lient using the <a shape="rect" href="producertemplate.html">ProducerTemplate</a> for Spring template style coding</li><li>CamelRemoting using Spring Remoting</li><li>CamelEndpoint using the Message Endpoint EIP pattern using a neutral Camel API</li></ul><h3 id="BookTutorials-ClientUsingTheProducerTemplate">Client Using The ProducerTemplate</h3><p>We will initially create a client by directly using <code>ProducerTemplate</code>. We will later create a client which uses Spring remoting to hide the fact that messaging is being used.<plain-text-body>{snippet:id=e1|lang=xml|url=camel/trunk/examples/camel-example-spring-jms/src/main/resources/camel-client.xml}</plain-text-body><plain-text-body>{snippet:id=e2|lang=xml|url=camel/trunk/examples/camel-example-spring-jms/src/main/resources/camel-client.xml}</plain-text-body><plain-text-body>{snippet:id=e3|lang=xml|url=camel/trunk/examples/camel-example-spring-jms/src/main/resources/camel-client.xml}</plain-text-body>The client will not use th
 e <a shape="rect" href="camel-maven-plugin.html">Camel Maven Plugin</a> so the Spring XML has been placed in <em>src/main/resources</em> to not conflict with the server configs.</p><div class="table-wrap"><table class="confluenceTable"><tbody><tr><td colspan="1" rowspan="1" class="confluenceTd"><p>camelContext</p></td><td colspan="1" rowspan="1" class="confluenceTd"><p>The Camel context is defined but does not contain any routes</p></td></tr><tr><td colspan="1" rowspan="1" class="confluenceTd"><p>template</p></td><td colspan="1" rowspan="1" class="confluenceTd"><p>The <code>ProducerTemplate</code> is used to place messages onto the JMS queue</p></td></tr><tr><td colspan="1" rowspan="1" class="confluenceTd"><p>jms bean</p></td><td colspan="1" rowspan="1" class="confluenceTd"><p>This initialises the Camel JMS component, allowing us to place messages onto the queue</p></td></tr></tbody></table></div><p>And the CamelClient source code:<plain-text-body>{snippet:id=e1|lang=java|url=camel/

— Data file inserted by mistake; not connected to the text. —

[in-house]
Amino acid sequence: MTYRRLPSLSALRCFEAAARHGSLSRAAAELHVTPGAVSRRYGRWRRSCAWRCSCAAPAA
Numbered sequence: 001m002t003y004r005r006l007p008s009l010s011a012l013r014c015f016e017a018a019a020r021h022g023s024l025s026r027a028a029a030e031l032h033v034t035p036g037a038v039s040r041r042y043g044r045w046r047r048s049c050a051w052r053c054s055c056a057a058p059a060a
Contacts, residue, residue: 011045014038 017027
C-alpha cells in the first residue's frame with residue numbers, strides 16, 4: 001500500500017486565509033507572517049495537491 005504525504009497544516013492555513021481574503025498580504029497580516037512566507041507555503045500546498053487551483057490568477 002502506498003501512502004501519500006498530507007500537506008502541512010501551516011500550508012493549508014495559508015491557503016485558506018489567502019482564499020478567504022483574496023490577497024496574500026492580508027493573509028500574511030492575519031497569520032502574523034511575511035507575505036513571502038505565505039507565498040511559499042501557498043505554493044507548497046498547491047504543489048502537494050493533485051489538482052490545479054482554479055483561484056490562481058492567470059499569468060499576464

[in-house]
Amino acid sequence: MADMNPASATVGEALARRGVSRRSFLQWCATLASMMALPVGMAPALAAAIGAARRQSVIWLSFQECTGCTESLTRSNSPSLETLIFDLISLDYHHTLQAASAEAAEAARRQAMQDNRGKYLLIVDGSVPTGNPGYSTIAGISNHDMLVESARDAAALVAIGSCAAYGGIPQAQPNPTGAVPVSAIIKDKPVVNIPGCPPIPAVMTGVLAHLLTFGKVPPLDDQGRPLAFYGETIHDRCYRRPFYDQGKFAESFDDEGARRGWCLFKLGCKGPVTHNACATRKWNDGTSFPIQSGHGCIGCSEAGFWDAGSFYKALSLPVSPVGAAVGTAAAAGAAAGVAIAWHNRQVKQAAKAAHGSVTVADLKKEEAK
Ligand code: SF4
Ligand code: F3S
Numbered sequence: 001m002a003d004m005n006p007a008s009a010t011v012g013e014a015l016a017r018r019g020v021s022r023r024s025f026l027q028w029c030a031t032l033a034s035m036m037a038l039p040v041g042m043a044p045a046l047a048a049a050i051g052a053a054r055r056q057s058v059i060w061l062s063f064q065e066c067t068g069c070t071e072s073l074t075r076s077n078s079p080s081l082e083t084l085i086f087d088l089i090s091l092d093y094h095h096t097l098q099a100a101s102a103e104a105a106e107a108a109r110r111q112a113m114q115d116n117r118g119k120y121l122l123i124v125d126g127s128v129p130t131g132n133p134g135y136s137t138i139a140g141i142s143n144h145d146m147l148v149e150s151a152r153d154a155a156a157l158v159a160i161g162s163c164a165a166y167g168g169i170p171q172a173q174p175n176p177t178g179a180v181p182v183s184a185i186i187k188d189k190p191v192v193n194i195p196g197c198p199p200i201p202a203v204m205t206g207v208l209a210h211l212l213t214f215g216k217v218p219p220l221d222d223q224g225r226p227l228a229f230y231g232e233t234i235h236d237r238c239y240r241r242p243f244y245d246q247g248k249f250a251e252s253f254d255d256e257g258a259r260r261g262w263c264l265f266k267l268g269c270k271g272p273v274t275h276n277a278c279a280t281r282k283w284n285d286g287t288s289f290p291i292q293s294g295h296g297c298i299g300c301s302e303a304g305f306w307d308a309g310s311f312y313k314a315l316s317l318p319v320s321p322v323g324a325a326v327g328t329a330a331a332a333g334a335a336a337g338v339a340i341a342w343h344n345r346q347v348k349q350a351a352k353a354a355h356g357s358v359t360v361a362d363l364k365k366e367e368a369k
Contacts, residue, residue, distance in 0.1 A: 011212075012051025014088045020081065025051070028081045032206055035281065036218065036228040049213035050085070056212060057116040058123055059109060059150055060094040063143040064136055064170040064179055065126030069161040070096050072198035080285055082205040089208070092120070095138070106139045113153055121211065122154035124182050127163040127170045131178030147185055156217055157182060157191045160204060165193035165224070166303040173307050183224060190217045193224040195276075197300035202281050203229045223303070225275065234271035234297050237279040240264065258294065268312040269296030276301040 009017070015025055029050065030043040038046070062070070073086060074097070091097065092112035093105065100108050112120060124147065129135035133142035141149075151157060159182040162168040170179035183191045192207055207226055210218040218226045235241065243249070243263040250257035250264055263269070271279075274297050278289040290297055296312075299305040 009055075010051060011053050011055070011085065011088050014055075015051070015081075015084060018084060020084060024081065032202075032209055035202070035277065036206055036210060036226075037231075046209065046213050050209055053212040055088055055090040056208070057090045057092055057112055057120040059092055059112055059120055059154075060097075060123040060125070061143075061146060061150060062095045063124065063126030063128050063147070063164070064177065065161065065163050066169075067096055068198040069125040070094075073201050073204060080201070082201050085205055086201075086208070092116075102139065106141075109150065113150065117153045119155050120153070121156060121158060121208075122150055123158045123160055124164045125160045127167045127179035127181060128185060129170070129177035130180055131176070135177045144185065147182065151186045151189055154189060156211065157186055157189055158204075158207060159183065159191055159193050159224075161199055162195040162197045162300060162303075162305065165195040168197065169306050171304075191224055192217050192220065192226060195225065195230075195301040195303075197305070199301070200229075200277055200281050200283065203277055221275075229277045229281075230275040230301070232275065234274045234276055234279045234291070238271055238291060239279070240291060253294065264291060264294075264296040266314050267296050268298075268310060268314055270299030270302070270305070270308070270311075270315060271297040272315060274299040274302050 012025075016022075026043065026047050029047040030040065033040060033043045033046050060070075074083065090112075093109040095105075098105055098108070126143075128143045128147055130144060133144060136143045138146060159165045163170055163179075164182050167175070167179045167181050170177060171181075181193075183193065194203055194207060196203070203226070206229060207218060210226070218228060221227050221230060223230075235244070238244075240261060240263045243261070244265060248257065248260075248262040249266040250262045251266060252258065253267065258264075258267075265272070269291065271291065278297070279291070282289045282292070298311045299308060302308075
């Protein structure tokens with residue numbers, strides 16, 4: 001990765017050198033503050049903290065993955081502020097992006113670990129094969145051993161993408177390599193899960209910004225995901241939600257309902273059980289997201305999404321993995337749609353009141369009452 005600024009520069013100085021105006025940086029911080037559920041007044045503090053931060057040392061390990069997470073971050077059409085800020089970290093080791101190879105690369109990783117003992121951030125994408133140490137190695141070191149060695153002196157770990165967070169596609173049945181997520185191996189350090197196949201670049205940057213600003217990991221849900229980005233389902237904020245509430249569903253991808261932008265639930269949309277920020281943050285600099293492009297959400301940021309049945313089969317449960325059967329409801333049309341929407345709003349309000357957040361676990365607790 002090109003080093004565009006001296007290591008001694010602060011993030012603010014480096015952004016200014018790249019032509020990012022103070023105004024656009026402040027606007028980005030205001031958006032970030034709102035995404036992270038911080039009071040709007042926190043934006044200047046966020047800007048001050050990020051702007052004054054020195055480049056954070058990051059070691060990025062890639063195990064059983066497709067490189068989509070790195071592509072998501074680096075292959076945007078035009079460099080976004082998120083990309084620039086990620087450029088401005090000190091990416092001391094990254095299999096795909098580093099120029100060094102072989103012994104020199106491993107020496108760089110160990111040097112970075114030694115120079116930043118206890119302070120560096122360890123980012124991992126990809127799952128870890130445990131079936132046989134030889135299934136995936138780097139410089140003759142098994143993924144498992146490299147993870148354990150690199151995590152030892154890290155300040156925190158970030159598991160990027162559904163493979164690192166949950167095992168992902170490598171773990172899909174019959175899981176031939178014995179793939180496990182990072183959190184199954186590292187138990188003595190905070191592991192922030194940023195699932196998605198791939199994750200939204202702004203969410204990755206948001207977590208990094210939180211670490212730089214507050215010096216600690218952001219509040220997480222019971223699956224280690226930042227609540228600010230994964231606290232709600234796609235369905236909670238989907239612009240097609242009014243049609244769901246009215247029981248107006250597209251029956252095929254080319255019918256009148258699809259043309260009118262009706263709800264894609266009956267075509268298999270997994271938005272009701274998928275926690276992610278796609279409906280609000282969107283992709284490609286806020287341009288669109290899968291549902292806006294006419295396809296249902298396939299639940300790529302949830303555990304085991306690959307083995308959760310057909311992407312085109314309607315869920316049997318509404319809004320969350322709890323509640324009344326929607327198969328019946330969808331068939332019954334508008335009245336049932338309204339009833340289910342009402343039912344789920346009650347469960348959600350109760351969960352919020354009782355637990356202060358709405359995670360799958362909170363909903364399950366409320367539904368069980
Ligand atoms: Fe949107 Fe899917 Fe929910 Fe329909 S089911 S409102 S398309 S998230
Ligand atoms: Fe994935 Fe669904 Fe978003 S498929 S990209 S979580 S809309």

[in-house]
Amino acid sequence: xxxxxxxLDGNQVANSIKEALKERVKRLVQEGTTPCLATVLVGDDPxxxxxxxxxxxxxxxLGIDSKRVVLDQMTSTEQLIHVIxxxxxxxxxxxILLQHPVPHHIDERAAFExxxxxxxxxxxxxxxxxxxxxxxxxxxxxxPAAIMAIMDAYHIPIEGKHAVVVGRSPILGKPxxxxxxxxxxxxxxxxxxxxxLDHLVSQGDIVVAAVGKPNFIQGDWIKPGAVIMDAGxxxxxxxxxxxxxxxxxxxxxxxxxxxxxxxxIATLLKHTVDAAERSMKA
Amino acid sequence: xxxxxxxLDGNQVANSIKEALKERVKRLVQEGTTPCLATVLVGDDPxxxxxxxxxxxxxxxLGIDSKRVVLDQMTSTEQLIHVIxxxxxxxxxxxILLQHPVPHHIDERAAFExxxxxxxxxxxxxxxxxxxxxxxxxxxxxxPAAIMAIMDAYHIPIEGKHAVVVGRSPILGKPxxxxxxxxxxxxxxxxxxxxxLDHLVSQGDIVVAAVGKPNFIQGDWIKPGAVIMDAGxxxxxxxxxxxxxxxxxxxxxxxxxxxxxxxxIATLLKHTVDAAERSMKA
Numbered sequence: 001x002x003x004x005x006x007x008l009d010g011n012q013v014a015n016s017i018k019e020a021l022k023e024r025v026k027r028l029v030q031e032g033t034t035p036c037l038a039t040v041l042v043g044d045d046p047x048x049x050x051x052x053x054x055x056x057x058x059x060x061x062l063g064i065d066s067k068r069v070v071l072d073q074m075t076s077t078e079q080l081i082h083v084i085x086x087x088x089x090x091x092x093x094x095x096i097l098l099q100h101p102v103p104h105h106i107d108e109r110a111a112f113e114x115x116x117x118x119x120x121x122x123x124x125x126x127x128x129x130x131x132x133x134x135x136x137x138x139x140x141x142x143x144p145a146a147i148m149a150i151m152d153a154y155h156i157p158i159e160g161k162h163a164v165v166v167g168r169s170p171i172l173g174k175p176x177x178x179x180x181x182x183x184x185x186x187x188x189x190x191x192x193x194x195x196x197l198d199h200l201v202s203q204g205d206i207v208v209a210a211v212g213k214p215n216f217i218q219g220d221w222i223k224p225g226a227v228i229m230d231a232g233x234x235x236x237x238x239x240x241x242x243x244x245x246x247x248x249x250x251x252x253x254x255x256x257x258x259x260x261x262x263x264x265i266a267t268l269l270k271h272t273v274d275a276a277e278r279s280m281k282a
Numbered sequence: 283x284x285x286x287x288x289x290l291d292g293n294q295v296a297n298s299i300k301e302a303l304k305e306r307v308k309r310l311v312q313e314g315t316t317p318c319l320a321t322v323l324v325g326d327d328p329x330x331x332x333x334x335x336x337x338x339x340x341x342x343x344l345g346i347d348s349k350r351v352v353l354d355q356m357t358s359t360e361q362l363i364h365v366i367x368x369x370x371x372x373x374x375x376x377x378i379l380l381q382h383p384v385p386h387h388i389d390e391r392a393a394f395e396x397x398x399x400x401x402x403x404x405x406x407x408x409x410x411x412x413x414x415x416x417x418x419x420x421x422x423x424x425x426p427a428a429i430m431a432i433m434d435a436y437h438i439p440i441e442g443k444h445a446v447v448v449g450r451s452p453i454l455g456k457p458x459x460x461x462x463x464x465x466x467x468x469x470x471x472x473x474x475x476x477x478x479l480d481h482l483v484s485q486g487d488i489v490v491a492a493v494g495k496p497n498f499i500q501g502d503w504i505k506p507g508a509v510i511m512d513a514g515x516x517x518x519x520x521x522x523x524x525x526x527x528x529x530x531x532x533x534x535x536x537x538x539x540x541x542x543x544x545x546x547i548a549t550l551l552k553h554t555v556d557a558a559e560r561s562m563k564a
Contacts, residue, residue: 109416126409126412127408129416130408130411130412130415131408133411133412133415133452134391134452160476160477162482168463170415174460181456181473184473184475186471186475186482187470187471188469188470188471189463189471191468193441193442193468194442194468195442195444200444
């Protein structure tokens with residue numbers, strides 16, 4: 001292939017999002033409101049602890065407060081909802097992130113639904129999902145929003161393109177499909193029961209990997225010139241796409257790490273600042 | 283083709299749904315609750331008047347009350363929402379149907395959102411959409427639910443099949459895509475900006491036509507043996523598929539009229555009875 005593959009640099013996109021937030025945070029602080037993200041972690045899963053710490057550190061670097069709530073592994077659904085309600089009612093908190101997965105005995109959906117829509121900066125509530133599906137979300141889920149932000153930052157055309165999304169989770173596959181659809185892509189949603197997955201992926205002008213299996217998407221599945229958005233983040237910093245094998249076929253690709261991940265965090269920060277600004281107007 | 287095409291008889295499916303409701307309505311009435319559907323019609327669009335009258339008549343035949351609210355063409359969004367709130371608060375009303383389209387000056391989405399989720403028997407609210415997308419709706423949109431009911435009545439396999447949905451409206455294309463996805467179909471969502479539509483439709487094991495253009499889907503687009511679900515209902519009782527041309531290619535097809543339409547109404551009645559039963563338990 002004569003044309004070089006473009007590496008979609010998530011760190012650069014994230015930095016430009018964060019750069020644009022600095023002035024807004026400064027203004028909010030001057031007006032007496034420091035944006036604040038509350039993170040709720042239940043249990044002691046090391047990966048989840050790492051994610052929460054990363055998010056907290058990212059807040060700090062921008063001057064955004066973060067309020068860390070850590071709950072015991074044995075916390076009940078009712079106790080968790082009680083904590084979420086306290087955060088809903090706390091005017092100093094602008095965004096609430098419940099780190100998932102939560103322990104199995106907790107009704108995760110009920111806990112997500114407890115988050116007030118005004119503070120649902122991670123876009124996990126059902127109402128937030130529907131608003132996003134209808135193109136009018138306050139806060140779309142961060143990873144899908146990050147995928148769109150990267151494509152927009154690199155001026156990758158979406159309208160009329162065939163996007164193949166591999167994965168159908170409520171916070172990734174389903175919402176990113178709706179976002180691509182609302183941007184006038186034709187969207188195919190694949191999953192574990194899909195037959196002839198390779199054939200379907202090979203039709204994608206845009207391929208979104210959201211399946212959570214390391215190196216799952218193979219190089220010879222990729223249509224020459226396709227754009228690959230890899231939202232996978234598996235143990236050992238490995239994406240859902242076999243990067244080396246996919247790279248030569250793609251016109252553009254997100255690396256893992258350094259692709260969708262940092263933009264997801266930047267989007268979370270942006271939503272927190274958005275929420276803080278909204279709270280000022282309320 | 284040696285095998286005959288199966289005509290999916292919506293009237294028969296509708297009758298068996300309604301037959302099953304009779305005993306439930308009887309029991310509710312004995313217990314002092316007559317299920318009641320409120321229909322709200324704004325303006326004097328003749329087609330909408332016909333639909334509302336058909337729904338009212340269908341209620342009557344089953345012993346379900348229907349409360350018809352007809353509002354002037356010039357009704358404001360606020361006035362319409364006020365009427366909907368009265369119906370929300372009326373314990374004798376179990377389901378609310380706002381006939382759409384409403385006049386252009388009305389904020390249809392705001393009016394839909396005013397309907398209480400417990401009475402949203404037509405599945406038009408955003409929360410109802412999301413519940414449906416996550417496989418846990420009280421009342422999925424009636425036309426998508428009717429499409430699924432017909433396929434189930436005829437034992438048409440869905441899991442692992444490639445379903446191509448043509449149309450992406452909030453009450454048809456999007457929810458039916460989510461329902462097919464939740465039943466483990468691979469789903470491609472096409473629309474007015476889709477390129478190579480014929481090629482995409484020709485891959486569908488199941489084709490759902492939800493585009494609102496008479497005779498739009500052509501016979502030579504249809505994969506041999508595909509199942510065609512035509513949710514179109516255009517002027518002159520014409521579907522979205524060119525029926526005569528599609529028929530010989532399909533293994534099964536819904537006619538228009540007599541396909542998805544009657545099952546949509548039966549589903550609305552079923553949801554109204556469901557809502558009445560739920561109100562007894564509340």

trunk/examples/camel-example-spring-jms/src/main/java/org/apache/camel/example/client/CamelClient.java}</plain-text-body>The <code>ProducerTemplate</code> is retrieved from a Spring <code>ApplicationContext</code> and used to manually place a message on the "numbers" JMS queue. The <code>requestBody</code> method will use the exchange pattern InOut, which states that the call should be synchronous, and that the caller expects a response.</p><p>Before running the client be sure that both the ActiveMQ broker and the <code>CamelServer</code> are running.</p><h3 id="BookTutorials-ClientUsingSpringRemoting">Client Using Spring Remoting</h3><p><a shape="rect" href="spring-remoting.html">Spring Remoting</a> "eases the development of remote-enabled services". It does this by allowing you to invoke remote services through your regular Java interface, masking that a remote service is being called.<plain-text-body>{snippet:id=e1|lang=xml|url=camel/trunk/examples/camel-example-spring-jms/src/ma